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January 1969

An Evaluation of Vestibular Testing

Author Affiliations

From the Institute of Otolaryngology, McGill University and the Royal Victoria Hospital, Montreal.

Arch Otolaryngol. 1969;89(1):31-37. doi:10.1001/archotol.1969.00770020033006

IT is my task to evaluate vestibular testing, and in order to make this worthwhile, we must determine in advance what is our ultimate goal.

There is no reason why an astute clinician should not be interested in all aspects of the labyrinth. With this attitude, he may hope to carry on worthwhile research.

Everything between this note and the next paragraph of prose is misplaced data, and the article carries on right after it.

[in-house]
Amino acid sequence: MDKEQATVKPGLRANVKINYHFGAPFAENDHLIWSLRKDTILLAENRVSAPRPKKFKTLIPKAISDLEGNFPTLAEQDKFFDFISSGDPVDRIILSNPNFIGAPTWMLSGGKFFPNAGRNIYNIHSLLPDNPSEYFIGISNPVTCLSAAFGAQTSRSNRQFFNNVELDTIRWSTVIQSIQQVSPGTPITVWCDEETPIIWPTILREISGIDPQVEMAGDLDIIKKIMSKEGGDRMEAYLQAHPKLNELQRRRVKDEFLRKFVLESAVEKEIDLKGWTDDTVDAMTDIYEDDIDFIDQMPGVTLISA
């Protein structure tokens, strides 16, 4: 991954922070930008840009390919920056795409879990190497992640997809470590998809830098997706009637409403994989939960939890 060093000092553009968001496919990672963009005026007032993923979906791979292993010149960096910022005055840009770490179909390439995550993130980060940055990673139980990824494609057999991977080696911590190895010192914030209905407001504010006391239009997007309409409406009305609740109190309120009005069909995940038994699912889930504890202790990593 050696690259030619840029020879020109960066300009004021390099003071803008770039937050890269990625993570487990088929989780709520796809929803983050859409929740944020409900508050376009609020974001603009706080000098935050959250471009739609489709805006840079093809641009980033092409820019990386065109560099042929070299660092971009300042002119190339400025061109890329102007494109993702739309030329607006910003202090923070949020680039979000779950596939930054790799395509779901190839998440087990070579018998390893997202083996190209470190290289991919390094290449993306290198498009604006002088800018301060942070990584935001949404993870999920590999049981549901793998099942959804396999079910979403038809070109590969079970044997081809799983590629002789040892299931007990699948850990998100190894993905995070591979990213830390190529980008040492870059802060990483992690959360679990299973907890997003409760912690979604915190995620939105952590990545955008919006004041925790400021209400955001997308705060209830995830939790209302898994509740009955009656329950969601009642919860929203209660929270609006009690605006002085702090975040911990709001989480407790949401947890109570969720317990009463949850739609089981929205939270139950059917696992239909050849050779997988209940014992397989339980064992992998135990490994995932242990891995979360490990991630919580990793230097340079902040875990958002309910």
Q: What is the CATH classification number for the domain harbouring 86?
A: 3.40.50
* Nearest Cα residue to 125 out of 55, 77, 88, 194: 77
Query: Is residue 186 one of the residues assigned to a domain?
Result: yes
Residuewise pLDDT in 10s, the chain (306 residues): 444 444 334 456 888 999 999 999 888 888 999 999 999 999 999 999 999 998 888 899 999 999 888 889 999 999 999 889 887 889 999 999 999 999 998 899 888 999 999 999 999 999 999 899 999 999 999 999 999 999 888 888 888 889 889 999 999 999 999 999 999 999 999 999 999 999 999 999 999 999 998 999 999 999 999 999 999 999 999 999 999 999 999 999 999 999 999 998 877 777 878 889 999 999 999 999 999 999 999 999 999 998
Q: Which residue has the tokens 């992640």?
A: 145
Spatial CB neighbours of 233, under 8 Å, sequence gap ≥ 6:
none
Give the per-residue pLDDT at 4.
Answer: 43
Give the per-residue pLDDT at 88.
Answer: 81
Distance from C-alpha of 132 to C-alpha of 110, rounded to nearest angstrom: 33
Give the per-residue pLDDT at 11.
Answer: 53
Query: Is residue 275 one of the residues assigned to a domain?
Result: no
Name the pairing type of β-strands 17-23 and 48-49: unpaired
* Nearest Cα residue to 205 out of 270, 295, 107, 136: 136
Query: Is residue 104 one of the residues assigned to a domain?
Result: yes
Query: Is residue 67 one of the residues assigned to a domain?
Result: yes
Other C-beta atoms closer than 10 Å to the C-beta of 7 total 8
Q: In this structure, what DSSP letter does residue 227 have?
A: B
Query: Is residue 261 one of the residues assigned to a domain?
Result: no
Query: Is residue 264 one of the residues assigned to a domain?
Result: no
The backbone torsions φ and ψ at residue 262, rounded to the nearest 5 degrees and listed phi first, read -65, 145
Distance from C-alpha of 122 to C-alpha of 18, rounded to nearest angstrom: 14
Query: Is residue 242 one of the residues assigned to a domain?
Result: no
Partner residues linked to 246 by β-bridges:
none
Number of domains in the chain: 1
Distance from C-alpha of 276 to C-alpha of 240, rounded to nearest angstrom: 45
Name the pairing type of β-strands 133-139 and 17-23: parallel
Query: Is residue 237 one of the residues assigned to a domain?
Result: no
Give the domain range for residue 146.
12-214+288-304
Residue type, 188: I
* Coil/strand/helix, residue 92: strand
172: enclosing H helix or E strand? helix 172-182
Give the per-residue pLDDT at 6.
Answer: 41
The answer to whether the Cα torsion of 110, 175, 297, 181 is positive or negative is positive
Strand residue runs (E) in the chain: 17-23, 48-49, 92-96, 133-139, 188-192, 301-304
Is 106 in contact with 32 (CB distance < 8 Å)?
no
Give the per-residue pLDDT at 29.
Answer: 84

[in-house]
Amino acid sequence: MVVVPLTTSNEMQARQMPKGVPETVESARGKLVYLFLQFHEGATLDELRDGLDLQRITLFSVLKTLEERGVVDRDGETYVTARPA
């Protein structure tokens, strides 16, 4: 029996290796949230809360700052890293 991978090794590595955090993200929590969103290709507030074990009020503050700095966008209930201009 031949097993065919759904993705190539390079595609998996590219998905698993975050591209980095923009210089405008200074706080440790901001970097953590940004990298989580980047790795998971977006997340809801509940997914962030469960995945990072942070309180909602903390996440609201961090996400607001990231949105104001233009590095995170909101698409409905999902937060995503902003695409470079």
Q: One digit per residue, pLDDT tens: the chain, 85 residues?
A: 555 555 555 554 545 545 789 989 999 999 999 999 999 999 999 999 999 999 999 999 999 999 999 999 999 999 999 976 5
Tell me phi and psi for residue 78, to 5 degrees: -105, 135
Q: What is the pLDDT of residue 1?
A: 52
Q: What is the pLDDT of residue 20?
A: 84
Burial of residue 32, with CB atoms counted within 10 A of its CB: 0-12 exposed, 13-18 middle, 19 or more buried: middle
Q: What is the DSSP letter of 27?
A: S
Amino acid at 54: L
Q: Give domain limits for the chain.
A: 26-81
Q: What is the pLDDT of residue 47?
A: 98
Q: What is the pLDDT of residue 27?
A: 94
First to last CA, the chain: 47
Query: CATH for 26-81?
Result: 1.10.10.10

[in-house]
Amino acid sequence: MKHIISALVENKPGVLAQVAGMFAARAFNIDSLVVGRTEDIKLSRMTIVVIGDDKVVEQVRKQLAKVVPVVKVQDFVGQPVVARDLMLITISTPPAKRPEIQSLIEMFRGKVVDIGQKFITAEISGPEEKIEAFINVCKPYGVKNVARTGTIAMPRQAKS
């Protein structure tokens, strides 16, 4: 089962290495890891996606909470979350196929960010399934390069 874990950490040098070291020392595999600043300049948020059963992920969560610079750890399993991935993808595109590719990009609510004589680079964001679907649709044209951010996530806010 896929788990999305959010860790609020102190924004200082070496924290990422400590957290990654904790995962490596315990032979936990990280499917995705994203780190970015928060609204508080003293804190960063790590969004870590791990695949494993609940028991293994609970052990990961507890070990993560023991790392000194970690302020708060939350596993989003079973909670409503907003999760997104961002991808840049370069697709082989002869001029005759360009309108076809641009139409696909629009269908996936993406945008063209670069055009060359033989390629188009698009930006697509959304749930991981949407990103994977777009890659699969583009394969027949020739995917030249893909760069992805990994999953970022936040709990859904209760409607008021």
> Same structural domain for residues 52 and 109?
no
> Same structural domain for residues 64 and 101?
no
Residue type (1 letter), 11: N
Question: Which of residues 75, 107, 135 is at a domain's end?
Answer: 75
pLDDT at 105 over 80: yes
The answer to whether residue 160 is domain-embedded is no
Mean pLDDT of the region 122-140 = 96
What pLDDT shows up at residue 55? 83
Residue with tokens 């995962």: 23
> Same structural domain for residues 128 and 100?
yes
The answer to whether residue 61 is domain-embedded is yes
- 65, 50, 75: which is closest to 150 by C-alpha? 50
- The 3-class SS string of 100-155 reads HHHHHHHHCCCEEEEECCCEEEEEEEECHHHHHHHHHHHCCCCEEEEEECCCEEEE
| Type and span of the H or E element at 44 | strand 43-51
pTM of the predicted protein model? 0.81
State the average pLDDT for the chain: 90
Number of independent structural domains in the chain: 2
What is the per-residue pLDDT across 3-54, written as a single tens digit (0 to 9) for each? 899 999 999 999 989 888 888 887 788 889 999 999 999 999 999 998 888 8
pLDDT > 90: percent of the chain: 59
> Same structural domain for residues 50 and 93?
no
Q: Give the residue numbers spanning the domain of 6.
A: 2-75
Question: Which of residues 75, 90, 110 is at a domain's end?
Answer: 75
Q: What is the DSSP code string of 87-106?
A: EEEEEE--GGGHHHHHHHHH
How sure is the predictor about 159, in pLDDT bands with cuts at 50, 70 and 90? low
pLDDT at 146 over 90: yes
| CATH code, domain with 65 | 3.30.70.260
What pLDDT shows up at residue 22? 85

We must be aware of the fact, however, that research has become a prestige symbol as has elaborate test equipment. Succumbing to these spurious current fads may give temporary gain. However, for anyone who cherishes the hope of establishing an enduring good name, beware of pseudoscience. Science has inexorable laws which eventually catch up with and consign to oblivion, the so-called scientist who is in a hurry.

The clinician's first concern is for the welfare of his patient, and in order to be most effective, he must arrive at a correct diagnosis of the illness.


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